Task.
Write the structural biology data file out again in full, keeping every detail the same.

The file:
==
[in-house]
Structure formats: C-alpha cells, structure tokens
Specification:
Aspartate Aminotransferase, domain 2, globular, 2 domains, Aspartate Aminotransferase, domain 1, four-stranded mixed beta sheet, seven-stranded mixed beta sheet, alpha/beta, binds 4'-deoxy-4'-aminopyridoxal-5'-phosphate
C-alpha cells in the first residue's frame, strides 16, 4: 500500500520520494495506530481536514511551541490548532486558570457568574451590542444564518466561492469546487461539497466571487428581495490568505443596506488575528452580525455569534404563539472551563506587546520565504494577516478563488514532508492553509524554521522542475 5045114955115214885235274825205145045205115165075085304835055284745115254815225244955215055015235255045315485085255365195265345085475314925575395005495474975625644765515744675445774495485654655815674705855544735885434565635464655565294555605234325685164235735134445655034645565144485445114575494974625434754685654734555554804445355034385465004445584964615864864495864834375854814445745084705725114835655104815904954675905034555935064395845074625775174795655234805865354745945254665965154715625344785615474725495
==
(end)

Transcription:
[in-house]
Structure formats: C-alpha cells, structure tokens
Specification:
Aspartate Aminotransferase, domain 2, globular, 2 domains, Aspartate Aminotransferase, domain 1, four-stranded mixed beta sheet, seven-stranded mixed beta sheet, alpha/beta, binds 4'-deoxy-4'-aminopyridoxal-5'-phosphate
C-alpha cells in the first residue's frame, strides 16, 4: 500500500520520494495506530481536514511551541490548532486558570457568574451590542444564518466561492469546487461539497466571487428581495490568505443596506488575528452580525455569534404563539472551563506587546520565504494577516478563488514532508492553509524554521522542475 5045114955115214885235274825205145045205115165075085304835055284745115254815225244955215055015235255045315485085255365195265345085475314925575395005495474975625644765515744675445774495485654655815674705855544735885434565635464655565294555605234325685164235735134445655034645565144485445114575494974625434754685654734555554804445355034385465004445584964615864864495864834375854814445745084705725114835655104815904954675905034555935064395845074625775174795655234805865354745945254665965154715625344785615474725495